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Mark Wahlberg and Catherine Zeta-Jones in 'Broken City' Photo by: Barry Wetcher / SMPSP

Mark Walhberg talks about his new drama 'Broken City' ripped direct from the headlines - VIDEO

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Mark Wahlberg and Catherine Zeta-Jones in 'Broken City' Photo by: Barry Wetcher / SMPSP

Irish viewers will notice that when the men in this film experience an emotional crisis, they’re constantly reaching for the Jameson. It’s the kind of throwback gesture we haven’t seen with quite this much frequency in years. Was it intentional?

“I don’t remember Jameson being product placement,” director Hughes sniffs, bristling at the impertinence. 

“When I read the script I thought a 51-year-old white man wrote it, but then I discovered it was a 24-year-old black kid at Julliard. When I first read it he had all these exotic scotches that the mayor was drinking.”

No takers on the whiskey as a stand in for your emotions, then.  Like the guys in their film, these guys can take themselves a bit seriously, which is why the film they have made can feel a bit dated. 

It’s not that we don’t respect tough guys anymore. It’s just that we have started to wonder how tough they really are if they can’t take a joke or express themselves without a drink to start it.

It would help if the women in the film were given a chance to be anything other than ornamental doormats. As the mayor’s wife Catherine Zeta Jones is cast -- there is not other way to say this -- as an utterly gorgeous piece of high-class arm candy.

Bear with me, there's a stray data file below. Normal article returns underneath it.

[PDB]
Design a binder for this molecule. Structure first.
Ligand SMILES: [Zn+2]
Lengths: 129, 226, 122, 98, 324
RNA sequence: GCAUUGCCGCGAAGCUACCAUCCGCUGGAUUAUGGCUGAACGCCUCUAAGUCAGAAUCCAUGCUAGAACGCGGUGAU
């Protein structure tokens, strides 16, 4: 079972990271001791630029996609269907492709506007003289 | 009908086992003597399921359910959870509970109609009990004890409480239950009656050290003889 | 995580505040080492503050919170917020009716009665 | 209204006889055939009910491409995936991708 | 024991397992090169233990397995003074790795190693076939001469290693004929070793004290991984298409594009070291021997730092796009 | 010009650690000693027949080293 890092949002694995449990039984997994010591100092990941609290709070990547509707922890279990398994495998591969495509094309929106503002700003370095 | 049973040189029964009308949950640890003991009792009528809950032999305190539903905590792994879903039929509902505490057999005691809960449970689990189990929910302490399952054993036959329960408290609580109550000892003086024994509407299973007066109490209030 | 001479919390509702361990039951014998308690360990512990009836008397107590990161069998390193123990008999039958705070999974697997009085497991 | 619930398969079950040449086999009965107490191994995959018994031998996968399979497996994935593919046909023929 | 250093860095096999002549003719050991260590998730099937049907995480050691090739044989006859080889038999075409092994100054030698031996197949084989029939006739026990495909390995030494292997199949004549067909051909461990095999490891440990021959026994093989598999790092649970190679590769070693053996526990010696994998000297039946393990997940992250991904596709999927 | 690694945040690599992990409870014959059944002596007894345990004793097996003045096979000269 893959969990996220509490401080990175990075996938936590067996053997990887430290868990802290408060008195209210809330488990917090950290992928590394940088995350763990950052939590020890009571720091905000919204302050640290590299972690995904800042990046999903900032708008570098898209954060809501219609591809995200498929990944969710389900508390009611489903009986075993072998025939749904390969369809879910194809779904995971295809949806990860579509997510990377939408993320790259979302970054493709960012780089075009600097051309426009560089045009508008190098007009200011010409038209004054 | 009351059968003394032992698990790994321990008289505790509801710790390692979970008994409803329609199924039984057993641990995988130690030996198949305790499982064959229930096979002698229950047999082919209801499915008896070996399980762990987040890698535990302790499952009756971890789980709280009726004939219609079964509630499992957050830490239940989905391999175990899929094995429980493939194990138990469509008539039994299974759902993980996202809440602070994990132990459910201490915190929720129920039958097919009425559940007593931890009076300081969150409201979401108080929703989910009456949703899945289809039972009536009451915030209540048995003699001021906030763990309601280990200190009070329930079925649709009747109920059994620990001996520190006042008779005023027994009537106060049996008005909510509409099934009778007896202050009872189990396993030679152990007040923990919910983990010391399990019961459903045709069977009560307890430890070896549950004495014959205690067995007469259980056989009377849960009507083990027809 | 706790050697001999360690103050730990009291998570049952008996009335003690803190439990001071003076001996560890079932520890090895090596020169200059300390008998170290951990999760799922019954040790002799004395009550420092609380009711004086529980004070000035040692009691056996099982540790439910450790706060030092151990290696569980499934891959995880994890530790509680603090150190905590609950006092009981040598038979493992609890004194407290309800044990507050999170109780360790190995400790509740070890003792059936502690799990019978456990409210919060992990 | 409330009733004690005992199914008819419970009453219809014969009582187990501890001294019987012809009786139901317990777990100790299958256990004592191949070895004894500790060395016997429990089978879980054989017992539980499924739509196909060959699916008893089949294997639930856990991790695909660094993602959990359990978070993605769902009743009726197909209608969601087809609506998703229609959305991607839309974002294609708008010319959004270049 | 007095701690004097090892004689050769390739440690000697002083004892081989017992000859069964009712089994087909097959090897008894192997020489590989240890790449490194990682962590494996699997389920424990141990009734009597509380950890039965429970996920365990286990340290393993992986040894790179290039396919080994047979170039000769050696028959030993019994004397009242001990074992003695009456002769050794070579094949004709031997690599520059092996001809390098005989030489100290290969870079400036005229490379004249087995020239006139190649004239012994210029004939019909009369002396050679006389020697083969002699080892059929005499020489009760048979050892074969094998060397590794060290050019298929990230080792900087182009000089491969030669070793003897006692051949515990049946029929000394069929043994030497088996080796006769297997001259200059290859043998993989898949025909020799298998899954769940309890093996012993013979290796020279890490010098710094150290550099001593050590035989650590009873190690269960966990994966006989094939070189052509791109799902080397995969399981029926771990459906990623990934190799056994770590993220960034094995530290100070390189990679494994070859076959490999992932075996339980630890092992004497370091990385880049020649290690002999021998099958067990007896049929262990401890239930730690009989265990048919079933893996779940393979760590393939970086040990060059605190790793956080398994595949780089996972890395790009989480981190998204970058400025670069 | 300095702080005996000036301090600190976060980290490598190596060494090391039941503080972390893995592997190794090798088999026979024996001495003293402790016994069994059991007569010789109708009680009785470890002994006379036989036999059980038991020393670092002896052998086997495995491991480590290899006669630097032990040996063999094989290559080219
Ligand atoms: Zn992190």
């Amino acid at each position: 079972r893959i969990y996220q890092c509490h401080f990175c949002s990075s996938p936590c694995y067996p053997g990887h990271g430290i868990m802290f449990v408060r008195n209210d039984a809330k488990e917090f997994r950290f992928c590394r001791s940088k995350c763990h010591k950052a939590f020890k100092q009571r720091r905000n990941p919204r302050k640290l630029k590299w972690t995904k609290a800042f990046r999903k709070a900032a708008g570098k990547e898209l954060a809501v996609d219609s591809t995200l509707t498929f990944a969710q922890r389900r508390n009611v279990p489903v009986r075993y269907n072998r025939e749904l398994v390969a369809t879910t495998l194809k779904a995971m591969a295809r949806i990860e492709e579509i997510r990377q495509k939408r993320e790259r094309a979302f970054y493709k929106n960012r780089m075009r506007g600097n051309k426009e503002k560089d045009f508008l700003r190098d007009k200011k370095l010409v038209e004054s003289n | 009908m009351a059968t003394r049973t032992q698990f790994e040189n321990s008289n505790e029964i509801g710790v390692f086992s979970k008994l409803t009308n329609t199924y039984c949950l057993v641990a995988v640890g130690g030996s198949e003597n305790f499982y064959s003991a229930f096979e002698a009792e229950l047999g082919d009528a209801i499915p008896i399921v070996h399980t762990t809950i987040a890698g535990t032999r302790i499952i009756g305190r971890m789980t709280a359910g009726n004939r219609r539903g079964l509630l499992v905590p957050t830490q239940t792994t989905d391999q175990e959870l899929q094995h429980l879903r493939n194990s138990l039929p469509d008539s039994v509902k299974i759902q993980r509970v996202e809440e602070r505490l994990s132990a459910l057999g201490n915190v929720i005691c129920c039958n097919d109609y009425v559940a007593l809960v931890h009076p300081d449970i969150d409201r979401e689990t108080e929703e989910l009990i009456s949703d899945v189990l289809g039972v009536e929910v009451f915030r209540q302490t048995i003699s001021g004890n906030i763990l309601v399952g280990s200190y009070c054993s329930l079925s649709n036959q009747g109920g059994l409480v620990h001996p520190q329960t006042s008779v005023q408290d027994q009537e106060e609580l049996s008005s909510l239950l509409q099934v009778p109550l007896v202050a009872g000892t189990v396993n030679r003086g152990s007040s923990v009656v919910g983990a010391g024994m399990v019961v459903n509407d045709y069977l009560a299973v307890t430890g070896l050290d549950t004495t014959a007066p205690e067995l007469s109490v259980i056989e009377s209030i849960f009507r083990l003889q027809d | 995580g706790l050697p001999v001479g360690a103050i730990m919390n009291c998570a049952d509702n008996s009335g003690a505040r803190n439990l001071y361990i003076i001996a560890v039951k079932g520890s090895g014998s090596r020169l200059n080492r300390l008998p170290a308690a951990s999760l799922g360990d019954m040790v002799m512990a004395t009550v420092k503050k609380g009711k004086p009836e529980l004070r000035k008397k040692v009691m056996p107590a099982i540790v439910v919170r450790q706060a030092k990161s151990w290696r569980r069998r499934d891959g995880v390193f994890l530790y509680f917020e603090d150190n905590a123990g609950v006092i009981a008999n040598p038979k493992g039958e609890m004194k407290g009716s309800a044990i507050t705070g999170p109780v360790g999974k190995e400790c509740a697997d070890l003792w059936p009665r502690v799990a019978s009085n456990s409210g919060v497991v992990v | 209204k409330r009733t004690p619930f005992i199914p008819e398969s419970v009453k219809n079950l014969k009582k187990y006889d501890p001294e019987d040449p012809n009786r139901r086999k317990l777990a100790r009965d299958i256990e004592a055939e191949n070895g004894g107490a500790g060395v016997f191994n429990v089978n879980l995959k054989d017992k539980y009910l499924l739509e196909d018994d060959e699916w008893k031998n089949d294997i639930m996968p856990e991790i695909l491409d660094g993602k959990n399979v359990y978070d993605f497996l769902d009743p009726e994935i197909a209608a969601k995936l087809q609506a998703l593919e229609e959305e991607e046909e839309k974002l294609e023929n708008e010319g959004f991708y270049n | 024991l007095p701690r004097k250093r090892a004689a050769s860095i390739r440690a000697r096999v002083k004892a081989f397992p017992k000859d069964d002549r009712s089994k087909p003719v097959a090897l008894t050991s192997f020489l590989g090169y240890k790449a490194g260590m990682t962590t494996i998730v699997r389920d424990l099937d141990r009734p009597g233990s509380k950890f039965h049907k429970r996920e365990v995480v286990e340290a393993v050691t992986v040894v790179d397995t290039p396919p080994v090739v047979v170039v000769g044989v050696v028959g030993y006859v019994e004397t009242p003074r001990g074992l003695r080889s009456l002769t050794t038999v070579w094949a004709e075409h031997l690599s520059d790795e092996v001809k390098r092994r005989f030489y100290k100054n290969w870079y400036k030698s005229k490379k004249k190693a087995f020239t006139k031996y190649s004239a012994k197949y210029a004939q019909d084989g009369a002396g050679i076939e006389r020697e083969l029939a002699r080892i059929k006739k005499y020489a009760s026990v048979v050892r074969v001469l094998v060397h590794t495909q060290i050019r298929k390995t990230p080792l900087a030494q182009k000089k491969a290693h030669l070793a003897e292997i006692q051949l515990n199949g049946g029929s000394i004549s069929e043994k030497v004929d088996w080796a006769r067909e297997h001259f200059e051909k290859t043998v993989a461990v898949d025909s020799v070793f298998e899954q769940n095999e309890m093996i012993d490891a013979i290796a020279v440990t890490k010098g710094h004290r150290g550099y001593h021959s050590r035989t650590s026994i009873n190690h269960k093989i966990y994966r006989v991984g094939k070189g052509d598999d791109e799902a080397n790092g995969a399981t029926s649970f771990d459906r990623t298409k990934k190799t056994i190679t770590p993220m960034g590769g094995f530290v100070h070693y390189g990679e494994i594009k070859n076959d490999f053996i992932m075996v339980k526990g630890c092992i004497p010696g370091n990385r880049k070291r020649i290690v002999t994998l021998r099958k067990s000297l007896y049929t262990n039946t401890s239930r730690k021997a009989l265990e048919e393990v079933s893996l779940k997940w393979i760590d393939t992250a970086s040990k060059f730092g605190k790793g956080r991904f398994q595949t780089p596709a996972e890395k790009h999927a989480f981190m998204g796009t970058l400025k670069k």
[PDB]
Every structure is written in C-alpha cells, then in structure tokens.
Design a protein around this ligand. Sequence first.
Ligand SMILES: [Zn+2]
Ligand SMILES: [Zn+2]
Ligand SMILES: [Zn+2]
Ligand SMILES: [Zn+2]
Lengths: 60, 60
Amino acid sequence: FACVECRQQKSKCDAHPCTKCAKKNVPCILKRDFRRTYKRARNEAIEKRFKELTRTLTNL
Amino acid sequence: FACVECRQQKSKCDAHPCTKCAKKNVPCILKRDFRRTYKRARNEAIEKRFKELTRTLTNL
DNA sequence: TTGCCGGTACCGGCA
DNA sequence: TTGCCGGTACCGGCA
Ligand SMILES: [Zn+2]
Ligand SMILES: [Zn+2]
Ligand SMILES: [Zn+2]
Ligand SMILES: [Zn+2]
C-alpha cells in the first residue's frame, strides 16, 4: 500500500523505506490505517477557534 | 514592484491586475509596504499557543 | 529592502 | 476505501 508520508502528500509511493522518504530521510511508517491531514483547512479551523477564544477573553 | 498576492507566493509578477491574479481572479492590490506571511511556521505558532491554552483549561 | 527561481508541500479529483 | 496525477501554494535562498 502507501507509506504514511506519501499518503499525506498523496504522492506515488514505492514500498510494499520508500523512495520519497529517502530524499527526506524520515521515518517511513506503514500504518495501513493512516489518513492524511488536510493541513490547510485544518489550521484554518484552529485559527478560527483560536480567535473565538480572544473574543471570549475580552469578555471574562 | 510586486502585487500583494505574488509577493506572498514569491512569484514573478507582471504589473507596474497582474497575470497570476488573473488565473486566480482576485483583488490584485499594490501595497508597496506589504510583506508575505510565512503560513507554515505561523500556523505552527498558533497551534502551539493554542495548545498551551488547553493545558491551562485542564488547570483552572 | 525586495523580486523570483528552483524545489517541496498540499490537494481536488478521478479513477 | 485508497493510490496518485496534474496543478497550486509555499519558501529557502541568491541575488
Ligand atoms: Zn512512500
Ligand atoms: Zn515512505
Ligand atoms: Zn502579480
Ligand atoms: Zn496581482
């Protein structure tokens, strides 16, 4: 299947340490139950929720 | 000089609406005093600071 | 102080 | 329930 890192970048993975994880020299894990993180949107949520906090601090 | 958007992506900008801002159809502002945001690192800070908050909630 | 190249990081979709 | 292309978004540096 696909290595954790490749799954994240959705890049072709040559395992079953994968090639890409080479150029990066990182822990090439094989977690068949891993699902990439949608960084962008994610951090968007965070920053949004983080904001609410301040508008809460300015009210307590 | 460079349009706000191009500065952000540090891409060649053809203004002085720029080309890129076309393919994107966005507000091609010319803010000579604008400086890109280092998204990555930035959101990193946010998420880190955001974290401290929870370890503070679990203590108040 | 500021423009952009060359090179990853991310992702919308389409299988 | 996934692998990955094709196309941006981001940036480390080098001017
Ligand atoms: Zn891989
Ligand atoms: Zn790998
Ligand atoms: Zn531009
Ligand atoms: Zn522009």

The truth is her character isn’t given much more to do in the film than act as a Chanel-suited decoy for what’s really happening, which is an epic waste of her considerable talent as an actress.

Interestingly, Wahlberg admits that women watching the film have often guessed who is really fooling who much sooner than most men. It’s the kind of intuitive ability in real life that’s missing from the female characters on screen.

“Women have intuitively felt that something was going on with the mayoral candidate and his campaign manager, but women are smarter than men,” he says matter-of-factly, almost revealing a crucial plot point. 

It can’t save the film from that “haven’t I met you somewhere before” feeling that haunts almost every scene. 

The truth is that having superhero martial arts skills, and the ability to dodge bullets shot at point blank range, while still somehow managing to get the girl in the final frame is getting more than a little tired. 

In the end Broken City feels as dated as Humphrey Bogart’s black Chrysler Imperial.

Watch the trailer here:

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